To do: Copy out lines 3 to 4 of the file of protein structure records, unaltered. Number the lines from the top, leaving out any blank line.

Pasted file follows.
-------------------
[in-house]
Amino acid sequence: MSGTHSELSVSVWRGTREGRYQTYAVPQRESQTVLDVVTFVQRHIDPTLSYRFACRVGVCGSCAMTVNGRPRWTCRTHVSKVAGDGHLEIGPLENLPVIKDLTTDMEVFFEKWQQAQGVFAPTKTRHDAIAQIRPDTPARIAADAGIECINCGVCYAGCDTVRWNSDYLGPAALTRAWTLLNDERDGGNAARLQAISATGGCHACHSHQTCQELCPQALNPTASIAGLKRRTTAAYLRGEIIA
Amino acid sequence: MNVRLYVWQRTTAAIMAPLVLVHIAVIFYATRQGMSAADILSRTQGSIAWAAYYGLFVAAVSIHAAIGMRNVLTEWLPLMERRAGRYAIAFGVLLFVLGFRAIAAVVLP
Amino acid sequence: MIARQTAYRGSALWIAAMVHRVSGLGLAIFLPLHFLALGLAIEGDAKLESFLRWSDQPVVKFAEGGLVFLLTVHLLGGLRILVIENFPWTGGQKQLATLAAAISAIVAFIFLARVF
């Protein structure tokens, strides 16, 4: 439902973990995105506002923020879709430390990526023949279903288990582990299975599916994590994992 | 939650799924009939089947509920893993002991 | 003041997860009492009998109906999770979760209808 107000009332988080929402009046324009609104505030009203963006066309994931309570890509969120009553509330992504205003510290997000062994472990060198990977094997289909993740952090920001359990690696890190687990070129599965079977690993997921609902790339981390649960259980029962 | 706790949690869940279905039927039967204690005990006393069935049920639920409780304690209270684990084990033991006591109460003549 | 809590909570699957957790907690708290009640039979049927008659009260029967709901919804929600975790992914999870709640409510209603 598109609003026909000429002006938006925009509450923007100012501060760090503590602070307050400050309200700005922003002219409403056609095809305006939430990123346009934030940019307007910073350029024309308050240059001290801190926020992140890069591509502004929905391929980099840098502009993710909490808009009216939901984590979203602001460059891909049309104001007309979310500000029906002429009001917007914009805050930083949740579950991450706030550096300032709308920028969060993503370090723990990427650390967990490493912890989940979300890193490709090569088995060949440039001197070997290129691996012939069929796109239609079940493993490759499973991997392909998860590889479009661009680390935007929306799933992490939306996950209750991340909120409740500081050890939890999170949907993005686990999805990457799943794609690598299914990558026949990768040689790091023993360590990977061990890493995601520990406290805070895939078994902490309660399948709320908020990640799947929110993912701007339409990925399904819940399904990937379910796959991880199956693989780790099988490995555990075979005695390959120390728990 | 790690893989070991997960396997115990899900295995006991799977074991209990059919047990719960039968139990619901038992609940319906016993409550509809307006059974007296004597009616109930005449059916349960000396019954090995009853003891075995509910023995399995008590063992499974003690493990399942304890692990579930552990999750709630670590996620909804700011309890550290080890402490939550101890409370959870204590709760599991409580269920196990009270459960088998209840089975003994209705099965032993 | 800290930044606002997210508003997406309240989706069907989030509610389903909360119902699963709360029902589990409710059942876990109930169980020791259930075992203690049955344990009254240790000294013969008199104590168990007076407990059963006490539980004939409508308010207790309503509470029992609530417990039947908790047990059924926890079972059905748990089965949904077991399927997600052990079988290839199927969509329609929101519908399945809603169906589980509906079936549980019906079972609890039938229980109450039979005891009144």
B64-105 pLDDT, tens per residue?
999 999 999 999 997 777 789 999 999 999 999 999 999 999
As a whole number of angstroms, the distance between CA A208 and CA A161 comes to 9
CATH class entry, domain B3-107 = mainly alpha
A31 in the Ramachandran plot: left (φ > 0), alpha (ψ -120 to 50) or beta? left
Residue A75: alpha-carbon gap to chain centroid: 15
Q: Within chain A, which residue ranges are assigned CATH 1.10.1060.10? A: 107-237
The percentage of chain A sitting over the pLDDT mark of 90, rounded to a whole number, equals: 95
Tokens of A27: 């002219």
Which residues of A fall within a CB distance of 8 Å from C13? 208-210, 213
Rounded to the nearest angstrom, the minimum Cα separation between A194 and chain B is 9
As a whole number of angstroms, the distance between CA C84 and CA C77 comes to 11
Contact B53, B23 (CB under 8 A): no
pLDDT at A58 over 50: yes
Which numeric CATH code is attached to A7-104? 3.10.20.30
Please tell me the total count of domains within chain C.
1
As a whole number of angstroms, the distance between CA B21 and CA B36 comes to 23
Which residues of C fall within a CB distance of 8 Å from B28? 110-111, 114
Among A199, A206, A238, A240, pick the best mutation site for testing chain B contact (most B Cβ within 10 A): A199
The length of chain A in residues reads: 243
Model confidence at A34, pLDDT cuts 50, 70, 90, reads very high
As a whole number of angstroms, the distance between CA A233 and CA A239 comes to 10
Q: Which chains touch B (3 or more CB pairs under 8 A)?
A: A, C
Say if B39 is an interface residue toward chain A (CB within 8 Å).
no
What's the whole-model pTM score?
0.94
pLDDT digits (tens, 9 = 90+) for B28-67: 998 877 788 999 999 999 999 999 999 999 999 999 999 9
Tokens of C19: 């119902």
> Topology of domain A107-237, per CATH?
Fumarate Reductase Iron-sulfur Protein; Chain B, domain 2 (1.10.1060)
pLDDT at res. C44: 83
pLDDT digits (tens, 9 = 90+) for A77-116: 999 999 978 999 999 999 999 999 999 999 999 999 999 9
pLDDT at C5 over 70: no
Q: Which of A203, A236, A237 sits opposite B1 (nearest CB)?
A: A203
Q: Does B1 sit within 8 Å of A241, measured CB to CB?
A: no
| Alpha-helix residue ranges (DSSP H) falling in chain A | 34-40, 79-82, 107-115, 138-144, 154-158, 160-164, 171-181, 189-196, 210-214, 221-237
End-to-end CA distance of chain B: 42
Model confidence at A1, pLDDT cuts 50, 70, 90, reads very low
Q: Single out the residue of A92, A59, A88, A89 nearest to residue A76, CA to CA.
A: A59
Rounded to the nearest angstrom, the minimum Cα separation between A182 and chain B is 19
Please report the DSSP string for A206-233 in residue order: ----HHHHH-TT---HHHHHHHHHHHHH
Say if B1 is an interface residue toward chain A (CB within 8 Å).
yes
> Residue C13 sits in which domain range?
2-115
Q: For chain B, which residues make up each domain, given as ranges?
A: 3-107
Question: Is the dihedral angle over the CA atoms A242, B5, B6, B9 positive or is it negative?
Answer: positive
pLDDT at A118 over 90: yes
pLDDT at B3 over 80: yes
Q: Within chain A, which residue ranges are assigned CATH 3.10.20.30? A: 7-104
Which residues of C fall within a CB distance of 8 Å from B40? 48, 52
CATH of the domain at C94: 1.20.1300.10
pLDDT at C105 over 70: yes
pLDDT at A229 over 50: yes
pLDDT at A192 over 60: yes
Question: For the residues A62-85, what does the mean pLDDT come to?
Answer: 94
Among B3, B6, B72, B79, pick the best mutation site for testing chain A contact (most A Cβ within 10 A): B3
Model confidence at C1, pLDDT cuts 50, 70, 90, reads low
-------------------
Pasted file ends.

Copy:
Amino acid sequence: MNVRLYVWQRTTAAIMAPLVLVHIAVIFYATRQGMSAADILSRTQGSIAWAAYYGLFVAAVSIHAAIGMRNVLTEWLPLMERRAGRYAIAFGVLLFVLGFRAIAAVVLP
Amino acid sequence: MIARQTAYRGSALWIAAMVHRVSGLGLAIFLPLHFLALGLAIEGDAKLESFLRWSDQPVVKFAEGGLVFLLTVHLLGGLRILVIENFPWTGGQKQLATLAAAISAIVAFIFLARVF